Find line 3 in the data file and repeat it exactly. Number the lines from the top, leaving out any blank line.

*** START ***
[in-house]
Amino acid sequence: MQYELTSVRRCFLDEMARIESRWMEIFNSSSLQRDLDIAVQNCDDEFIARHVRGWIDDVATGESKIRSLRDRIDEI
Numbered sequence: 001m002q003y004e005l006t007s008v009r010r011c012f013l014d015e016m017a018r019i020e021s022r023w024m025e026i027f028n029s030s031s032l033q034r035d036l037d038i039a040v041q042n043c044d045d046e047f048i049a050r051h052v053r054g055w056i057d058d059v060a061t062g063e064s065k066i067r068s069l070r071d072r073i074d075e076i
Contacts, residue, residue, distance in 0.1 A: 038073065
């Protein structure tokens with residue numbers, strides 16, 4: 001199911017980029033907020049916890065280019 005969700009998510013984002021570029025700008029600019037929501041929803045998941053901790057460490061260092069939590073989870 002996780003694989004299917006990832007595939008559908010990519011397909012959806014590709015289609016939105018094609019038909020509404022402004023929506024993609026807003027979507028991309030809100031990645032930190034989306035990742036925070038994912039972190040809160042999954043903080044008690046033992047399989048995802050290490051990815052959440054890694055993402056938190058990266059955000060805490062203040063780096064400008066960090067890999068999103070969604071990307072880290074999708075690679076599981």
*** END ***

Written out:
Numbered sequence: 001m002q003y004e005l006t007s008v009r010r011c012f013l014d015e016m017a018r019i020e021s022r023w024m025e026i027f028n029s030s031s032l033q034r035d036l037d038i039a040v041q042n043c044d045d046e047f048i049a050r051h052v053r054g055w056i057d058d059v060a061t062g063e064s065k066i067r068s069l070r071d072r073i074d075e076i